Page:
SPECIESISM, by Joan Dunayer, Part Deux
I realize that in writing about "old speciesism" I failed to define this term that Dunayer uses. I think of "old speciesism" as analogous to racism and sexism in that it is exploitation based on species. The advocacy component of old speciesism isn't the campaign to end that exploitation, however. Instead, it is the campaign to modify it. Meanwhile, "new speciesism" is the notion that within a paradigm where rights are included for nonhuman animals, some are more deserving of rights than others for any of a variety of reasons (e.g., intelligence, having a sense of past and future, having social ties, being a mammal or a bird).
Here are some of the my favorite quotes:
- In reality, species don't evolve toward greater humanness but toward greater adaptiveness in their ecological niche (105).
- No living group of nonhuman animals–no existing species of invertebrate, fish, amphibian, reptile, bird or nonhuman mammal–is ancestral to humans. No nonhuman alive today belongs to the same species as some ancestor of humans. Modern fishes radically differ from the fish who was the last common ancestor of fishes and humans. No frog, toad, or salamander ever was our forebear. Although we have reptilian ancestors, we didn't descend from reptiles or any species alive today (105).
- Today's nonhuman apes don't represent earlier stages in human development. Our common-ape like ancestor lived about 15 million years ago. About six million years ago, human and chimpanzee evolution parted. Chimpanzees didn't prepare the way to us any more than we prepared the way to them (106).
- Before African-American emancipation, a number of slaves sued for freedom on the grounds that they were white. Unable to prove whiteness, they had to demonstrate that they were so much like a white that they should be given "the benefit of the doubt" (109). . . . We react with revulsion to the idea of demonstrating whiteness. We should react with equal revulsion to the idea of demonstrating humanness" (110).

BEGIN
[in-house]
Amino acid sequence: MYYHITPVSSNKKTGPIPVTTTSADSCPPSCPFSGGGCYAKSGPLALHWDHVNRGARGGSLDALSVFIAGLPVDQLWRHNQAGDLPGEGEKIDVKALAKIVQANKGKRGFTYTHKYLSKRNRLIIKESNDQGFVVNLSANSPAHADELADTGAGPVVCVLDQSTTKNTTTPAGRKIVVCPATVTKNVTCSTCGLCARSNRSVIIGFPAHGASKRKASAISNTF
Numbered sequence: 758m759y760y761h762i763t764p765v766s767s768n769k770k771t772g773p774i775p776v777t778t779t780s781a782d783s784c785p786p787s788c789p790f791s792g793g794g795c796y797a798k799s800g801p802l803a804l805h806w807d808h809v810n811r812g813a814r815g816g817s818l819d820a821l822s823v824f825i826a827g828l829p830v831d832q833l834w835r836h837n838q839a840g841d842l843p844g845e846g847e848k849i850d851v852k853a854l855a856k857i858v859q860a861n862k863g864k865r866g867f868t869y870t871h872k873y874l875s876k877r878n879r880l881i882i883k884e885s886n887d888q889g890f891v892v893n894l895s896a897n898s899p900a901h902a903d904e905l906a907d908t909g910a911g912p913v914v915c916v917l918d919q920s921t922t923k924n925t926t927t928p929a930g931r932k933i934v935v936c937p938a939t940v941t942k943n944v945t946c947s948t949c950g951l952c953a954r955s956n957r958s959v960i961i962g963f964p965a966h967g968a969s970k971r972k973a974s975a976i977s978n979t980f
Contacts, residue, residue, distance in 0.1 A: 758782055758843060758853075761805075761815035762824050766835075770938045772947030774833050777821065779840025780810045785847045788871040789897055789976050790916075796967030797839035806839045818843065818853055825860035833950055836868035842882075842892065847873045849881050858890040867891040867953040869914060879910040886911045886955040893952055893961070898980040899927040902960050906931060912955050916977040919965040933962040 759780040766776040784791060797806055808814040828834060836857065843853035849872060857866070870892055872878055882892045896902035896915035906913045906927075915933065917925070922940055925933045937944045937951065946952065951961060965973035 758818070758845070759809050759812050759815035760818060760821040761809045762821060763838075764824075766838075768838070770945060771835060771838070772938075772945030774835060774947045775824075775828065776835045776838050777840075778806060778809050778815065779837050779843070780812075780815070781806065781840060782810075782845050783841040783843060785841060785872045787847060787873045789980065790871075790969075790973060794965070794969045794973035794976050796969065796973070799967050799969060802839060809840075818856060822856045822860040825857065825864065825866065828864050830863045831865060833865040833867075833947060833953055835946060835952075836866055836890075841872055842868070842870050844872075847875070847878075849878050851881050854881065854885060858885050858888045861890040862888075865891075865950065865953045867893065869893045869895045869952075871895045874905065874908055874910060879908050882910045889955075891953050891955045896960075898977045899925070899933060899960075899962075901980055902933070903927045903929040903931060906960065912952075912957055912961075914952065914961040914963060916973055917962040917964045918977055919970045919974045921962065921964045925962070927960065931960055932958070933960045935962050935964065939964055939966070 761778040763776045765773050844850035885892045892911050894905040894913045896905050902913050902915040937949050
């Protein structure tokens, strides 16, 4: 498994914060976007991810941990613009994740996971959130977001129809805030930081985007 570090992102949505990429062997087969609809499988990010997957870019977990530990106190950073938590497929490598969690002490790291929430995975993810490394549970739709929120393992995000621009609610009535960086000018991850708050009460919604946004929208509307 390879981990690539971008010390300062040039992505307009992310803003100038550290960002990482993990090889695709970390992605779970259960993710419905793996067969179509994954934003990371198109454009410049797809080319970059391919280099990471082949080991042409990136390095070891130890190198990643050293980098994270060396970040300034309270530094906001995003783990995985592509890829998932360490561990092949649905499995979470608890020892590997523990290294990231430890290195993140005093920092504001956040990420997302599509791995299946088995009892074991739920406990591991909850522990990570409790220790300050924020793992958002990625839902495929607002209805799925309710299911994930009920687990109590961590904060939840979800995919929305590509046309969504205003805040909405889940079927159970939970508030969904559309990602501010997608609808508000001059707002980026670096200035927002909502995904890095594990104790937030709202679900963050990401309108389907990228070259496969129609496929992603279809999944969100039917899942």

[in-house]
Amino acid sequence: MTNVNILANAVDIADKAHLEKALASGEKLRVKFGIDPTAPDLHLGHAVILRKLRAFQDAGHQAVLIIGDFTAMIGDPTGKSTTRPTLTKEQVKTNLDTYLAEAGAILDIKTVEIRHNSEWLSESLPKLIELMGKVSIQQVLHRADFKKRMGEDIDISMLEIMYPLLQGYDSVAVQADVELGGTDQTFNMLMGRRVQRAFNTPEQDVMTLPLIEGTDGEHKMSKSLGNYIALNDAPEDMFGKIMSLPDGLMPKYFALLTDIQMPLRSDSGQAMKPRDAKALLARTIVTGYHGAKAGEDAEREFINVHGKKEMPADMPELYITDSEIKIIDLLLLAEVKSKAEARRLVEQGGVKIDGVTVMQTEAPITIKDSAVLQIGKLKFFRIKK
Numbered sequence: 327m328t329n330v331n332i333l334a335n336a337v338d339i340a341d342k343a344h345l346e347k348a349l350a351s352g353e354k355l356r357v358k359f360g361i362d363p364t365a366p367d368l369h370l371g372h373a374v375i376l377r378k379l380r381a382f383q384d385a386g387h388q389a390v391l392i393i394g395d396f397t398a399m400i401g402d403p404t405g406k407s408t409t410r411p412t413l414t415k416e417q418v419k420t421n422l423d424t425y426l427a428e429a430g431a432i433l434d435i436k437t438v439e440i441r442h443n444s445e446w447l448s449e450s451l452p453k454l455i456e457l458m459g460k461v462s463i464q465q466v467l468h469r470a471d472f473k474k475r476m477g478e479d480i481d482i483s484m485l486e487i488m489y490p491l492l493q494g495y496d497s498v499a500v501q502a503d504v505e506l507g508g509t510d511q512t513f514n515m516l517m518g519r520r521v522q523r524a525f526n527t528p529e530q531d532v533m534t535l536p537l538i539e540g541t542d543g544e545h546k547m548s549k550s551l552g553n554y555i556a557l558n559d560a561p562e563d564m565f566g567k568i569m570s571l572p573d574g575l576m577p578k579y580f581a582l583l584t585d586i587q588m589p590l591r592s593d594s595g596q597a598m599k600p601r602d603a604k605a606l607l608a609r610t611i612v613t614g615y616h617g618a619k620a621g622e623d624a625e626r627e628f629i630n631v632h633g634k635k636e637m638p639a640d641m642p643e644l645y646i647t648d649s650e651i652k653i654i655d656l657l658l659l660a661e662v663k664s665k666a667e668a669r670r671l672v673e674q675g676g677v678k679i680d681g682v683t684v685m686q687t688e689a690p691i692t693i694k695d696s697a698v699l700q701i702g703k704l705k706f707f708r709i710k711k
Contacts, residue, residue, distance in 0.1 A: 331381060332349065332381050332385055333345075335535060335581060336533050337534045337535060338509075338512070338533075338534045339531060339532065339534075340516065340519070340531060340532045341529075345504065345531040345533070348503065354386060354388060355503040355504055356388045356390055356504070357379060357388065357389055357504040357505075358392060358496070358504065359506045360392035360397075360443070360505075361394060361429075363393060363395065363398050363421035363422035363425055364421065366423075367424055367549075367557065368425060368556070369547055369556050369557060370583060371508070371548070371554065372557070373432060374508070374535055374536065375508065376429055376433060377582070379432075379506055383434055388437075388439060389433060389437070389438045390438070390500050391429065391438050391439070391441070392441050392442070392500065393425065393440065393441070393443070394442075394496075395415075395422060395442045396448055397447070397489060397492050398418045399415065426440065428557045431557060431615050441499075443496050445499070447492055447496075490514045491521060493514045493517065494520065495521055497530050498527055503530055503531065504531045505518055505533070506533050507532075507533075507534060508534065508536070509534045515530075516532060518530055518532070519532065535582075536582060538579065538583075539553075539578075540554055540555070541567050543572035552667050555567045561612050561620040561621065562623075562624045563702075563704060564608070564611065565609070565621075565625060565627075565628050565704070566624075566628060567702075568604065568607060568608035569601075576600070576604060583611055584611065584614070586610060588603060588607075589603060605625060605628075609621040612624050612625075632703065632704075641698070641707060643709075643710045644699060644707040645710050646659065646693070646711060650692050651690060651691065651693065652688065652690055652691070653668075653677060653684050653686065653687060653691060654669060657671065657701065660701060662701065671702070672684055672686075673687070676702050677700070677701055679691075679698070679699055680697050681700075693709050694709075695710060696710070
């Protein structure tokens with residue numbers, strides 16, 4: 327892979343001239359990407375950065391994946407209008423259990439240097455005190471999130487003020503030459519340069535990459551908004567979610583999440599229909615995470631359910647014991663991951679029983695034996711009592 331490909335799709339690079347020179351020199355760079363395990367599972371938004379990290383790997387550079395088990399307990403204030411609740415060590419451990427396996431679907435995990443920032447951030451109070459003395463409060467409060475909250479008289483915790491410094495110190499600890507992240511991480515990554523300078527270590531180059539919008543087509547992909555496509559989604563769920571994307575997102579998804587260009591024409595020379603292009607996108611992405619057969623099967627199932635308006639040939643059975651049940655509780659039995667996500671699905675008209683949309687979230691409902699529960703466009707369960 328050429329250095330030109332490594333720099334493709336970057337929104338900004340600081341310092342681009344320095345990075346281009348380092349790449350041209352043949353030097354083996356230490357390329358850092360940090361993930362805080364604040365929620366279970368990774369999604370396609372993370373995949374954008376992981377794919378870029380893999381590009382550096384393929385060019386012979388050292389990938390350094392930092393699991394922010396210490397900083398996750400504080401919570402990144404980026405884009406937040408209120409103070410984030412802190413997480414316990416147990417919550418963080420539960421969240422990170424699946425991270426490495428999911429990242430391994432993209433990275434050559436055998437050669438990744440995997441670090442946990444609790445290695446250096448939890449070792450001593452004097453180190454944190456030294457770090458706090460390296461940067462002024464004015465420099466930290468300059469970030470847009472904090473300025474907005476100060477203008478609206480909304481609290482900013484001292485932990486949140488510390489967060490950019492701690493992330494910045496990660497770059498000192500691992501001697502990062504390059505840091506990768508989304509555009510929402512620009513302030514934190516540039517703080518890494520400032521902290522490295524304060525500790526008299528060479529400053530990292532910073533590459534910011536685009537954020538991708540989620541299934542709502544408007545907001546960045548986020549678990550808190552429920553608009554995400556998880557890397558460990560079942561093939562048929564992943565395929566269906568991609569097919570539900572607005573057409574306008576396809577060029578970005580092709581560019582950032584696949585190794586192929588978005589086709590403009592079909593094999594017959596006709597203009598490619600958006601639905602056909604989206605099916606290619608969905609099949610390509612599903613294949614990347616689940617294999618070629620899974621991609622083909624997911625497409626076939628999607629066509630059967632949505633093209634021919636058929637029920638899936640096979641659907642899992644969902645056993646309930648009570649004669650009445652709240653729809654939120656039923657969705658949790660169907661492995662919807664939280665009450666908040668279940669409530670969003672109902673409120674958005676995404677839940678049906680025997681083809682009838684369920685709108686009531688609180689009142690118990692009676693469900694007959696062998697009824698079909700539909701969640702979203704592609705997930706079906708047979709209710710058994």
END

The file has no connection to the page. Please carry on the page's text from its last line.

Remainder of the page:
- Citing abilities such as nonhuman great apes' ability to learn human languages suggest that animal rights advocates seek nonhuman participation in human society. We don't. We're not asking that any nonhumans have freedom of speech or voting rights. So, what difference does it make if nonhumans can learn human languages or show other human-like capacities and behaviors? We don't want nonhumans to remain within human society (which invariably would keep them subservient). We want them to be free and independent of humans (119).
I understand the logic of that last one, but I also appreciate the intention of many activists to have great apes be a gateway of sorts. I'm not saying it's not speciesist, but that I understand it. After all, many activists don't support the use of the same tactics they'd approve of to liberate human animals to liberate nonhuman animals. I think that's speciesist, too, but I understand why they take that position.
- There's no good reason to lack confidence that animals who possess a brain are sentient (134).
- In contrast to old-speciesist and new-speciesist advocacy, nonspeciesist advocacy advances the goal of emancipating all sentient beings from human abuse. It moves society closer to the view that all forms of speciesist exploitation–from dog breeding to commercial fishing–are morally wrong (151).
To combat speciesism and work toward justice for sentient nonhumans, we must change our minds, our language and our behavior. We must rethink what we were taught in school, on the playground and at home. It's quite a dramatic overhaul–an extreme makeover–but it's a necessary one.